The simultaneous rate cut by 11 European nations last week could boost U.S. bank shares in the weeks ahead.
Analysts and economists said lower rates in Europe will help U.S. banks doing business there, may make it easier for European institutions to buy banks here, and could prompt the Federal Reserve to follow suit with a new rate cut.
J.P. Morgan & Co., Citigroup, and Chase Manhattan Corp. could be among the direct beneficiaries of the coordinated action that reduced a benchmark short-term rate to 3% across much of Europe, said bank analyst Lawrence W. Cohn of Ryan, Beck & Co., Livingston, N.J., because they have large European trading operations.
When interest rates go down, the value of financial assets rises. "The bigger picture is that at least two-thirds of the world is being managed on the basis of lower interest rates," Mr. Cohn said, "and this moderate attempt to stimulate the economy has brought the risks down for all banks."
Investors could also be more optimistic about bank stocks because the rate cut could pave the way for big international mergers, some market experts said.
"The thinking is, because Europe's interest rates are 150 basis points lower than interest rates in the United States, European corporations can acquire U.S. corporations at lower prices," said Mr. Cohn.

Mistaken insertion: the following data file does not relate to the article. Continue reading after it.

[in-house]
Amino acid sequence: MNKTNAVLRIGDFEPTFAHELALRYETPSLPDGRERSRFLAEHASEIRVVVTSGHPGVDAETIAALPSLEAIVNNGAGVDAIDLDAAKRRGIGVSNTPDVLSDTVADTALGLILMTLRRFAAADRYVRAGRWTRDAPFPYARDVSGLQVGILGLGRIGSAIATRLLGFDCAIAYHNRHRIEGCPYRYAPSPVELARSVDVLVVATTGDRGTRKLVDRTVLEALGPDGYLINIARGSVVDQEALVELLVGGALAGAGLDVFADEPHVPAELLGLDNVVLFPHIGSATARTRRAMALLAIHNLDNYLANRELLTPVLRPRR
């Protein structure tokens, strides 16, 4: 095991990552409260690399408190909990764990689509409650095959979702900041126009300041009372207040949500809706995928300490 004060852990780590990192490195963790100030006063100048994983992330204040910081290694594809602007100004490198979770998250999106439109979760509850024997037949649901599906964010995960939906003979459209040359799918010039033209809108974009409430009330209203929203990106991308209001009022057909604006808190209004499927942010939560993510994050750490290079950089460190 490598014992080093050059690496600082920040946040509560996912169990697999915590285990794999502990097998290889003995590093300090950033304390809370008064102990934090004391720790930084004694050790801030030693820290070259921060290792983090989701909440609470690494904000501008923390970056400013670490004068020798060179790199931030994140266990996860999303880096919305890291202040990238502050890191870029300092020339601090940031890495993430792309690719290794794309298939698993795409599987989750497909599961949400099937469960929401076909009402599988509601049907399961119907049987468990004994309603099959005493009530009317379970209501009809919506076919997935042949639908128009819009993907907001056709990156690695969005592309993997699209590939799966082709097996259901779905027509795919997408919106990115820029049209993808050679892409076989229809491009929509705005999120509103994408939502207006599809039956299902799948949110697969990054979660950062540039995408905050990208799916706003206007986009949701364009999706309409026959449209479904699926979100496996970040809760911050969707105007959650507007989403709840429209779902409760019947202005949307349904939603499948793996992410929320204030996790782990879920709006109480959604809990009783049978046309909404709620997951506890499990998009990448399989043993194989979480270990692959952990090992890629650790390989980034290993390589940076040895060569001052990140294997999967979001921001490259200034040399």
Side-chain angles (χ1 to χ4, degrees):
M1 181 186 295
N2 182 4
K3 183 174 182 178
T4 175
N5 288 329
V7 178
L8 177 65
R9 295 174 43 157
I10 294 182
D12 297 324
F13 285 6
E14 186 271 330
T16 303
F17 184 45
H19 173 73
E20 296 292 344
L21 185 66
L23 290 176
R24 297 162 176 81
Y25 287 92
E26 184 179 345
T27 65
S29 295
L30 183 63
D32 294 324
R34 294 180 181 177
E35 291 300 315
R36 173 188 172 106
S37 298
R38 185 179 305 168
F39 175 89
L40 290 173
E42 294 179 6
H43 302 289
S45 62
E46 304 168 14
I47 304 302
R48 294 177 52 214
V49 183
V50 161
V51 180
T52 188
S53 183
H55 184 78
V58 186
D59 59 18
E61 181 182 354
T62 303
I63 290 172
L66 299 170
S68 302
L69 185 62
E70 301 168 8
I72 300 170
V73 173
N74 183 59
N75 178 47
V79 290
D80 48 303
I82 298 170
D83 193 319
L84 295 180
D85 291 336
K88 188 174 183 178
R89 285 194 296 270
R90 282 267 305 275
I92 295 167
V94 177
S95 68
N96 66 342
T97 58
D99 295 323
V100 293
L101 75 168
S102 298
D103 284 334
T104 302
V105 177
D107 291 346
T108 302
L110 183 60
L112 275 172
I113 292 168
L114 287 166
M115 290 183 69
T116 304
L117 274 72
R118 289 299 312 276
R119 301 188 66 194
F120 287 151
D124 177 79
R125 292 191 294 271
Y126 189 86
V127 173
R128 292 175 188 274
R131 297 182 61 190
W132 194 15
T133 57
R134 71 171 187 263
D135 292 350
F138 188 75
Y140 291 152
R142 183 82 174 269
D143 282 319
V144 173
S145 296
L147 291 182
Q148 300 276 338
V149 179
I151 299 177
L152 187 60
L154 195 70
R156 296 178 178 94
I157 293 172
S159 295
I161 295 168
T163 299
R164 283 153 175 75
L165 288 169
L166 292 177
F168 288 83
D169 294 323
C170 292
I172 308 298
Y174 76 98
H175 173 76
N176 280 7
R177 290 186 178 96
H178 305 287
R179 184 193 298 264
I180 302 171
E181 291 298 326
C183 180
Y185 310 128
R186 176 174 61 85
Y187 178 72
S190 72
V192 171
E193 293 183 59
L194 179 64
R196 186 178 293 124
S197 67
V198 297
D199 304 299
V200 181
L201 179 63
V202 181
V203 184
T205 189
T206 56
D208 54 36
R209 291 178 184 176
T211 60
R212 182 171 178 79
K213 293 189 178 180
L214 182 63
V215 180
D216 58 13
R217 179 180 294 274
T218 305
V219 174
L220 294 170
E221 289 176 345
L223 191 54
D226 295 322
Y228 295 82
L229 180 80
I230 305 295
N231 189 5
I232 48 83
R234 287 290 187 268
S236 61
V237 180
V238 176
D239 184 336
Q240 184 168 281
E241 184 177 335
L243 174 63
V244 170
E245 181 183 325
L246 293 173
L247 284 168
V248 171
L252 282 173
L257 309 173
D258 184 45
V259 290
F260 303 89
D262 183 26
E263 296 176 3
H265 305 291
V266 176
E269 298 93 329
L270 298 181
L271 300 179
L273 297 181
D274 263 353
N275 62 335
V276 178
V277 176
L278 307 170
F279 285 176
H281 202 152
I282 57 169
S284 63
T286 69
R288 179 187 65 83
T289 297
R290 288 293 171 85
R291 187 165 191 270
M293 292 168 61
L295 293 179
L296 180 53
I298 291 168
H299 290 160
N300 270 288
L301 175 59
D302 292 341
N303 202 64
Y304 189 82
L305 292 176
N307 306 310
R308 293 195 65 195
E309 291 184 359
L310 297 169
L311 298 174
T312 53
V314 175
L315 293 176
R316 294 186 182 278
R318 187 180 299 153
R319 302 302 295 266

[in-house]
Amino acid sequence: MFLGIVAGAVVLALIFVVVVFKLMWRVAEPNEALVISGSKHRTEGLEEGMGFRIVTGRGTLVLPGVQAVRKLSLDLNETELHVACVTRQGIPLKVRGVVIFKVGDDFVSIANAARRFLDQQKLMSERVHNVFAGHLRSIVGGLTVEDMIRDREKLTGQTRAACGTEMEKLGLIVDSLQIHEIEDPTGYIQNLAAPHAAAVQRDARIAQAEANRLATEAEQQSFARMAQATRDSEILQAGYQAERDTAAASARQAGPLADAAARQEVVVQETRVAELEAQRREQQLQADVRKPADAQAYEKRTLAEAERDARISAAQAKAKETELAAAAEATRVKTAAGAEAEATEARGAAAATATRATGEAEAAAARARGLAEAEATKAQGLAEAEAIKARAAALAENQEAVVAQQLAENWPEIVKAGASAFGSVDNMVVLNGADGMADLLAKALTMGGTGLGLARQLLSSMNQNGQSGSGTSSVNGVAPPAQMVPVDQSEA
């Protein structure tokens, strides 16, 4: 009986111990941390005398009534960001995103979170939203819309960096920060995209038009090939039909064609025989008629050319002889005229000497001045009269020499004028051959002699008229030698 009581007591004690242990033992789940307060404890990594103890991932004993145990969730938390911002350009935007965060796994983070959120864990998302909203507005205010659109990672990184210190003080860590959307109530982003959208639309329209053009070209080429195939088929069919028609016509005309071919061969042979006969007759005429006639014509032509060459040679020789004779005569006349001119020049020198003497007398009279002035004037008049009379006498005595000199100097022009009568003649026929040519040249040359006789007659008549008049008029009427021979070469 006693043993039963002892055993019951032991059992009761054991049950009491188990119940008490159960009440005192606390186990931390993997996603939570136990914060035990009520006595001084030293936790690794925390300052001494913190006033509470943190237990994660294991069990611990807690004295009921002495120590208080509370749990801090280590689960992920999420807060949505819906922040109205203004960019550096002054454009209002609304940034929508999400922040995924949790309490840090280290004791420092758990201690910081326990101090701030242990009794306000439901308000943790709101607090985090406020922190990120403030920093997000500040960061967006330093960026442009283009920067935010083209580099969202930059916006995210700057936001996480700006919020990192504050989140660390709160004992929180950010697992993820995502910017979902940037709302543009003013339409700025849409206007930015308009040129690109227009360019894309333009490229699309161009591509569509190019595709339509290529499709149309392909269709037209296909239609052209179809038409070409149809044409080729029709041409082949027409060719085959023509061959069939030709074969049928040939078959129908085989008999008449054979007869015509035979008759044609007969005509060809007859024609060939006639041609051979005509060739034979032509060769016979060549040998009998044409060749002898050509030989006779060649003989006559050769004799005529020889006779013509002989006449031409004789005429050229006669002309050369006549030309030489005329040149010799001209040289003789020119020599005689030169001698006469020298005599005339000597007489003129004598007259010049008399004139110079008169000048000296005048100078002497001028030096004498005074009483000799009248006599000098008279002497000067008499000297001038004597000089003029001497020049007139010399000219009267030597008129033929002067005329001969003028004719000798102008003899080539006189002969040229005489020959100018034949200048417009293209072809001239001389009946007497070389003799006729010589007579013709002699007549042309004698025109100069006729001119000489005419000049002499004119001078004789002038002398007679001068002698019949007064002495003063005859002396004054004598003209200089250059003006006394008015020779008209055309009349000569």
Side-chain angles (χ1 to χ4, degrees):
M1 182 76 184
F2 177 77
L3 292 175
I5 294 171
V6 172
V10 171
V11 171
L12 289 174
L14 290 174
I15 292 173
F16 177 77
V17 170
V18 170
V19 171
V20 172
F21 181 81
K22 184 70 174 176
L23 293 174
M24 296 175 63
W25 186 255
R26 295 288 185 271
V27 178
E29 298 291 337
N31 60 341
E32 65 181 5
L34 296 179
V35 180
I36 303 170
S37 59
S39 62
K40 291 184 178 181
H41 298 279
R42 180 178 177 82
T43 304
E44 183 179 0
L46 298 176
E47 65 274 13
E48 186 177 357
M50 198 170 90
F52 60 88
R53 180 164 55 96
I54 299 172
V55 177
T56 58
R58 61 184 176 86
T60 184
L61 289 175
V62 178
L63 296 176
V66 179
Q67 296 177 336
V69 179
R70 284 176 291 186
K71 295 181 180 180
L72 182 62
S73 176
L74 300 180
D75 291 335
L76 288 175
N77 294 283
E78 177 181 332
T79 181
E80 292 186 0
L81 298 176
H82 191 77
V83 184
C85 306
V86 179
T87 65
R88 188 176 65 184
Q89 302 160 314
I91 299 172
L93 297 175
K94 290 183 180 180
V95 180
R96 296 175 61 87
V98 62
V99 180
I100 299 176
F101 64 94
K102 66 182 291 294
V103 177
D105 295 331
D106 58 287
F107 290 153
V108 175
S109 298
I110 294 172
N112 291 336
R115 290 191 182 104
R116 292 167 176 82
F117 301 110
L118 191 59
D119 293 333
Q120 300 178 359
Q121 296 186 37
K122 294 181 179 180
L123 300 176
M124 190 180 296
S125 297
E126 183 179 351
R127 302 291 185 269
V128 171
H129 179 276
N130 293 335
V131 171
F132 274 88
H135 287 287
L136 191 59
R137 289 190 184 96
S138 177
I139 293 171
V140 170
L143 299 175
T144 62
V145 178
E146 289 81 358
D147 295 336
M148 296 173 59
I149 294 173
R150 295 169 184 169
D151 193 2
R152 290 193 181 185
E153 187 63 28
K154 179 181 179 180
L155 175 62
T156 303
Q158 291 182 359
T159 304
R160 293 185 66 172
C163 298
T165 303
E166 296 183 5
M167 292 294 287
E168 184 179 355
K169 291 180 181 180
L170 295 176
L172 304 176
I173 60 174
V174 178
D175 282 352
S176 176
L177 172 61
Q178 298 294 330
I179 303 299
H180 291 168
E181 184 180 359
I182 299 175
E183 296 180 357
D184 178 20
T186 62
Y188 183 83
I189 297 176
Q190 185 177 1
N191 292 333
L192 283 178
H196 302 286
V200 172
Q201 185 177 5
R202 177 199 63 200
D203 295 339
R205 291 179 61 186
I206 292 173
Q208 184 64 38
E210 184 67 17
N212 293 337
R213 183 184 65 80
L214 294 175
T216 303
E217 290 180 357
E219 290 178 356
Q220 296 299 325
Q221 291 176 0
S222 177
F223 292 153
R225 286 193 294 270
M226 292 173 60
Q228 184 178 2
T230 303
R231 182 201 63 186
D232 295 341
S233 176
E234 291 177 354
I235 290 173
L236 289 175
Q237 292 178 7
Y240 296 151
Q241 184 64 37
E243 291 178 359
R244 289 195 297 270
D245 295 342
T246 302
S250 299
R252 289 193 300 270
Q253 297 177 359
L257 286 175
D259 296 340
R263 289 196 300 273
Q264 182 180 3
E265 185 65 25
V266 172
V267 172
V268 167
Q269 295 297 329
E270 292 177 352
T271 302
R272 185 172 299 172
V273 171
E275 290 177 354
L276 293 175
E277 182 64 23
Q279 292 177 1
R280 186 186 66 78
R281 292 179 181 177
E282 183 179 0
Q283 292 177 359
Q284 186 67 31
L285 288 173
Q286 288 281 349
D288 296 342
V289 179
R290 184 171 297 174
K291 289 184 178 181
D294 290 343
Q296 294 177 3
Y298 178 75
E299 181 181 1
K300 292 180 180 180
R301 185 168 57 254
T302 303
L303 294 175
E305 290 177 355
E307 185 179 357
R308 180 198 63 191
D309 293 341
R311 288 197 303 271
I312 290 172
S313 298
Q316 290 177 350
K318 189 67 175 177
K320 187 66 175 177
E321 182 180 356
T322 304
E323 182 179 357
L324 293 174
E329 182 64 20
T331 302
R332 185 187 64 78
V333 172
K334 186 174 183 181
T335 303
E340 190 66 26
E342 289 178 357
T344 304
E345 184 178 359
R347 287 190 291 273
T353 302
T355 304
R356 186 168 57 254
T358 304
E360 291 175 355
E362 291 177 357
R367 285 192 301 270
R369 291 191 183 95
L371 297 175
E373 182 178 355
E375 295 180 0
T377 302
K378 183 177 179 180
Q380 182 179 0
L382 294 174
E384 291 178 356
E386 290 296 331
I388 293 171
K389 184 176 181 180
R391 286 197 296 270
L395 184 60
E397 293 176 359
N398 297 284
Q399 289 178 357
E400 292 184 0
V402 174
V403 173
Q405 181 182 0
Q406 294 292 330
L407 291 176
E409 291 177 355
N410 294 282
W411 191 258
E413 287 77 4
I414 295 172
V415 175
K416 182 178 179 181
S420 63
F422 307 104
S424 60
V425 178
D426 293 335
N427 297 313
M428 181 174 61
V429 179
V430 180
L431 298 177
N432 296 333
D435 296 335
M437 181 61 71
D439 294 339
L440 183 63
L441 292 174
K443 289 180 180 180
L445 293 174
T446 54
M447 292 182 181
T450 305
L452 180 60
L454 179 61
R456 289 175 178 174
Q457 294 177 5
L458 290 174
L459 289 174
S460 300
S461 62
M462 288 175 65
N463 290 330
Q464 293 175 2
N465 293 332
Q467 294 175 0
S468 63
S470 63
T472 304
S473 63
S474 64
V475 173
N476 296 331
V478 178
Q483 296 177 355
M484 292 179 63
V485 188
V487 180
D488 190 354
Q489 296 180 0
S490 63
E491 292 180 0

Scott Brown, an economist at Raymond James & Associates, St. Petersburg, Fla., said some investors may think that the European rate cuts could pressure the Federal Reserve to cut U.S. interest rates again.
"Cuts in Europe just by themselves normally make the dollar a bit stronger," giving the Fed a reason to cut rates, he said. But Mr. Brown added that investors are more probably pinning their hopes on recent turbulence in Latin America to prompt another rate cut.
Indeed, concerns about foreign economies bloomed afresh last Thursday after Brazil's Congress struck down a tax measure that would have helped reduce the country's budget deficit. This action could also deter the International Monetary Fund from signing off on the loan package Brazil so desperately needs to bolster its economy.
Thomas Carpenter, chief economist at ASB Capital Management, said the Fed is likely to cut interest rates but not because of what happened in Europe.
Central banks in the United States and Europe "have been, and are, trying to put a floor underneath the global economy and credit markets of the world," said Mr. Carpenter. "So it is not a matter of if they are going to cut interest rates; it's when."
Most economists expect another Fed rate cut in the first quarter.